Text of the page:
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Final Word

Ettiquette is traditionally regarded as very important within the martial arts.
Before the gun, skill in close quarters combat was even more powerful a weapon than it is today.
A great deal of secrecy surrounded martial arts and it was considered an honour to be accepted as a student.

These arts are not sports: they were developed for martial purposes

Times have changed, but if we consider the subject matter then it is not hard to understand why respect is very important. To show a lack of respect suggests that one is unconcerned by the welfare of others and therefore unfit to be trusted with martial knowledge.

Those who fail to respect others often fail to respect themselves

None of this is to suggest that the classroom should be a dry, humourless place.
A sense of humour can help to make the training both more enjoyable and more productive.

Classes should be enjoyed, not endured

After all, let's not forget that neither are we in old China, nor are we members of a military academy.
Respecting the past does not mean that we have to live in it.

From a student's point of view, there are three main considerations with regards to respect in the classroom:

1. Respecting the Instructor

Try to follow the teacher's instructions as closely as possible.
Whatever prior ideas or experience a student might have are best left outside.
Remember to pick them back up on the way out so that you can see how they relate to what you learned in the classroom.

Ask questions of yourself as well as of the instructor

Strictly speaking, one's teacher should be refered to as 'Sifu', meaning 'teacher' or 'father in craft'.
Remember: your teacher is your link to the lineage of the arts that you study.

2. Respecting fellow Students

Your fellow students are your training partners.
They will play a large part in helping to shape your techniques and develop your understanding.
Try to do your best for them just as you would have them do for you.

The more you share, the more you learn

By sharing knowledge and experience with each other, the class and its students will develop faster.
Try to put your ego to one side; even an instructor can learn from a beginner.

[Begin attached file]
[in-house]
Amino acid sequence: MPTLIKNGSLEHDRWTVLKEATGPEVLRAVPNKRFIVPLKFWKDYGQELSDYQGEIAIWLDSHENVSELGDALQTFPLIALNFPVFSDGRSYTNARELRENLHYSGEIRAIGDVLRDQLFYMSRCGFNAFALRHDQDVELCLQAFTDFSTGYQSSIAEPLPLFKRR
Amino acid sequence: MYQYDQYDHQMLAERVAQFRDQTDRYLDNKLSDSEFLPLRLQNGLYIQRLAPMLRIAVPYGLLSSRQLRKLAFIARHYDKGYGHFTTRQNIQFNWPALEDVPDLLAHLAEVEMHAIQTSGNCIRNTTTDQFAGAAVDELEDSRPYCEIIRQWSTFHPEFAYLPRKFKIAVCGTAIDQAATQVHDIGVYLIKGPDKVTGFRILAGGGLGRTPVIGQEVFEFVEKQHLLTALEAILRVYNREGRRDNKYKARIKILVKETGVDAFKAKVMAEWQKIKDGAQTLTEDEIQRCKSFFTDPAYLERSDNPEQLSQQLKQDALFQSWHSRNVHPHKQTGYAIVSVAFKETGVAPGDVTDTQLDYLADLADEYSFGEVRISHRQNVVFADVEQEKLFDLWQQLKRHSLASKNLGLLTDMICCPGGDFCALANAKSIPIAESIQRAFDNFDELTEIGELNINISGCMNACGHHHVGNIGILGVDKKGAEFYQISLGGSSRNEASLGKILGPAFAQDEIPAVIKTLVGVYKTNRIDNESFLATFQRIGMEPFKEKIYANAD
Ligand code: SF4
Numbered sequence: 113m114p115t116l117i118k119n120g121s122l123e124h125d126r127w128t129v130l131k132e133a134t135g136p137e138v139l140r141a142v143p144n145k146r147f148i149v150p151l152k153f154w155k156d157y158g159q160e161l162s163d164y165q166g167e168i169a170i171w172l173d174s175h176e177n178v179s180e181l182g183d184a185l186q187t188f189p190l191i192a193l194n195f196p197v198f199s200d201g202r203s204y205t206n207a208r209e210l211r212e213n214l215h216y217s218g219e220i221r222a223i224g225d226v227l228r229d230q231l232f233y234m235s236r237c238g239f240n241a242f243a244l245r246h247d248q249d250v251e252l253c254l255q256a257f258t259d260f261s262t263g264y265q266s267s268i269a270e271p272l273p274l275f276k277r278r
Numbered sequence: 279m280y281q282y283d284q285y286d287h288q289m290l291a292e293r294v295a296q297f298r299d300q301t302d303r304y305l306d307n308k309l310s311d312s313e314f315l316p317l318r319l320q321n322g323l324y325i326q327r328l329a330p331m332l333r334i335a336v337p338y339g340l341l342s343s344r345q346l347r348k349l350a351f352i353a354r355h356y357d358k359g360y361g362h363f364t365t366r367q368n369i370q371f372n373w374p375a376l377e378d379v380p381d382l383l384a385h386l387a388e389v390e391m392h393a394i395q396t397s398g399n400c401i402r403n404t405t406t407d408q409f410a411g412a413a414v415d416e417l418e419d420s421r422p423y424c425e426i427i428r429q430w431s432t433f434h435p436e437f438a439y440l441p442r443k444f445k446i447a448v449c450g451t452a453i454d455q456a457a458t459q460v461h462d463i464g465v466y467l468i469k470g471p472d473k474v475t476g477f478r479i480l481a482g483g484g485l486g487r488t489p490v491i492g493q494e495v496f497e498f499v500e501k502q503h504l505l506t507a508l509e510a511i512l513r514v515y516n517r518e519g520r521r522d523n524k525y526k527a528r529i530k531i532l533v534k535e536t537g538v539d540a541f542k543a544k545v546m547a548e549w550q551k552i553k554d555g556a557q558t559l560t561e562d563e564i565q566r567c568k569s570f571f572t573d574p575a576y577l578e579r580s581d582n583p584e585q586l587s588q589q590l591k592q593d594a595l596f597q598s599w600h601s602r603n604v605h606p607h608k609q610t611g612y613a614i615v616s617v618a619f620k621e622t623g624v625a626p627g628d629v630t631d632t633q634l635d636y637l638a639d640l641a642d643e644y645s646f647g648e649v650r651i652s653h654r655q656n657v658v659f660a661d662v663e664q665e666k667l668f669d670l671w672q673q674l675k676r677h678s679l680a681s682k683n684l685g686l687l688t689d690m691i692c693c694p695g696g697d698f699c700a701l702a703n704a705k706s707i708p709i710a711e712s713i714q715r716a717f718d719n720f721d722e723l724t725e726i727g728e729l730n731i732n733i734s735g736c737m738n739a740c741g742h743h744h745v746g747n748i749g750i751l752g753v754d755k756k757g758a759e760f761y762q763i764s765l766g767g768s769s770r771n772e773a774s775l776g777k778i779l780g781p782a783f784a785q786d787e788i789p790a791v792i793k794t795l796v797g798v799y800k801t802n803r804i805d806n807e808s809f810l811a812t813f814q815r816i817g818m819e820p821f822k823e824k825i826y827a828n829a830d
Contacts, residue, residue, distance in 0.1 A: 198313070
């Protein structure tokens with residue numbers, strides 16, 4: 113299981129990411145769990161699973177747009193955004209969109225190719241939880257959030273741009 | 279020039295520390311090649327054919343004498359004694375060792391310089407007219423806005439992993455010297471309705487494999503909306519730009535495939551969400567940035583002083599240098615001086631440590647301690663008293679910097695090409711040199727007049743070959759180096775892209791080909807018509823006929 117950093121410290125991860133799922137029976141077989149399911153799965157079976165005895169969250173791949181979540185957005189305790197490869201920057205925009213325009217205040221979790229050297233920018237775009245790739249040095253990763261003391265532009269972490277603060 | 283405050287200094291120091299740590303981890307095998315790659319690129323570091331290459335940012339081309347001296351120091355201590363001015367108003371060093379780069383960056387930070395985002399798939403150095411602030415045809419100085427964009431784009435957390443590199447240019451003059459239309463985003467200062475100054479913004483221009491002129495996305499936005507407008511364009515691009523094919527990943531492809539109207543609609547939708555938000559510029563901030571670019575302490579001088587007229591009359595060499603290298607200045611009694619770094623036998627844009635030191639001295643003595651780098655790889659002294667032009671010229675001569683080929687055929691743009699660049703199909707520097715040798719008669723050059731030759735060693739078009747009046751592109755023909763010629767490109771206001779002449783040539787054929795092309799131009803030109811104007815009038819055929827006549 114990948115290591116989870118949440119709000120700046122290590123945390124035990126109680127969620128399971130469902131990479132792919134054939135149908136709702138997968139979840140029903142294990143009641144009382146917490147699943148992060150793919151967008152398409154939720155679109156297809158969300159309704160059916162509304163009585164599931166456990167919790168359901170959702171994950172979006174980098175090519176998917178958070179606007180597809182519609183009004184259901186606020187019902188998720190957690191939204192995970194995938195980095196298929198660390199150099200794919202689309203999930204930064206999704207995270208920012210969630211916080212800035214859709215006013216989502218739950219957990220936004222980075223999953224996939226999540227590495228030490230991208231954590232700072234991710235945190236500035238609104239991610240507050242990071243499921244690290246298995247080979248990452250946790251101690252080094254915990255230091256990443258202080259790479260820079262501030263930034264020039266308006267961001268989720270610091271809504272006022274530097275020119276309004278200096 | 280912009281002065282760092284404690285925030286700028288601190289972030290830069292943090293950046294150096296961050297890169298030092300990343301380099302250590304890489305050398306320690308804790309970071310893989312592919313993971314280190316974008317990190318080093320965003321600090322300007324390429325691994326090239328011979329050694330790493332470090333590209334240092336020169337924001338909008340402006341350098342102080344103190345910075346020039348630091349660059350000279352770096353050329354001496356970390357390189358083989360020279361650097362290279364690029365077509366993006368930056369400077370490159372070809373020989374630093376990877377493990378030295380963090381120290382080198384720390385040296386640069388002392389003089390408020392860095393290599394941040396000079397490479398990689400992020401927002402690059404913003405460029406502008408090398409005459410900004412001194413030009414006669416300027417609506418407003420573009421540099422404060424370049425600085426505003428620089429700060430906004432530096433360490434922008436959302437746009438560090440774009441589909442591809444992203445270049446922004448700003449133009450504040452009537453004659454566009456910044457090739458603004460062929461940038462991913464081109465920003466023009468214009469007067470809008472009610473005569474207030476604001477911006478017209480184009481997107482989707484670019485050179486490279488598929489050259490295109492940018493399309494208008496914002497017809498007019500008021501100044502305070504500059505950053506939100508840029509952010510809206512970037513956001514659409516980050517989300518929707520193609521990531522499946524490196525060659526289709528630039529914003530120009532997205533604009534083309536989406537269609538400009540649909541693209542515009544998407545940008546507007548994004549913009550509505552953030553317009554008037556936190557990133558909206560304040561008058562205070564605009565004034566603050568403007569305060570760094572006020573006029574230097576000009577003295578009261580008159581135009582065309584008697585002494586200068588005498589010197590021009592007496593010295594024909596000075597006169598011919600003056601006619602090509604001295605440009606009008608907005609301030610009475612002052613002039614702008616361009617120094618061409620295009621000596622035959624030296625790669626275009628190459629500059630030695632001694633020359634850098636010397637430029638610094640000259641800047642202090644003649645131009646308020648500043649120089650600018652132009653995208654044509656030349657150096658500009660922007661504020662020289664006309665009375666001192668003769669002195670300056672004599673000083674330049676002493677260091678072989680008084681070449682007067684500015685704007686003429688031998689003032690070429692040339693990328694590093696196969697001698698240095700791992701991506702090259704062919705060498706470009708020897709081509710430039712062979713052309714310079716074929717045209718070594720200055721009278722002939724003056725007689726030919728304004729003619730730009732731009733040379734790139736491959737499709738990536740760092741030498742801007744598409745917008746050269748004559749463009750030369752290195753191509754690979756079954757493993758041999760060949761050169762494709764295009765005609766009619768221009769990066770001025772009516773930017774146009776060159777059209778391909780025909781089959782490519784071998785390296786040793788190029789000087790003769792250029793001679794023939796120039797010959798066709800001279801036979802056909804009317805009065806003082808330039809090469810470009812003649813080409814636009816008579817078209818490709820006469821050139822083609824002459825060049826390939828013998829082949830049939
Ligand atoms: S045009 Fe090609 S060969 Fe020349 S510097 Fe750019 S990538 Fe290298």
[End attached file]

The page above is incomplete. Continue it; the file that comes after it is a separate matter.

3. Respecting the Art

When we bow, the student does so to thank the teacher, whilst the teacher thanks the student for carrying on the lineage. The bow is also to thank all of our predecessors, without whom our training would not be possible.

The instructor also bows to the student

An important point here is that it is the student who is expected to take the lead with regards to respect.
This is to show that we understand that we are only a small part of a great family tree. Like a tree, we recognise the importance of the root and so we return to our instructor for guidance and to get closer to the source of our nourishment.

As a final point on this issue, it is worth remembering that it is the spirit of respect that is most important.
Without it, the correct names will be hollow and the proper gestures will be empty.

Code of Conduct

Many martial arts have a code of conduct that is passed down to each generation
as a reminder to observe the proper morality.

Here is a translation of the code of conduct from the Ving Tsun (Wing Chun) Athletic Association
established by Great Grand Master Ip Man:

Remain disciplined - uphold yourself ethically as a martial artist

Practice courtesy and righteosness - serve the community and honour your family

Love your fellow students or classmates - be united and avoid conflicts

Limit your desires and pursuit of bodily pleasures - preserve the proper spirit

Train diligently and make it a habit - maintain your skills

Learn to develop spiritual tranquility - abstain from arguments and fights

Participate in society - be conservative, cultured and gentle in your manners

Help the weak and the very young - use your martial skill for the good of humanity

Pass on the tradition - preserve this Chinese art and its rules of conduct

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Steven Williams 2007-2017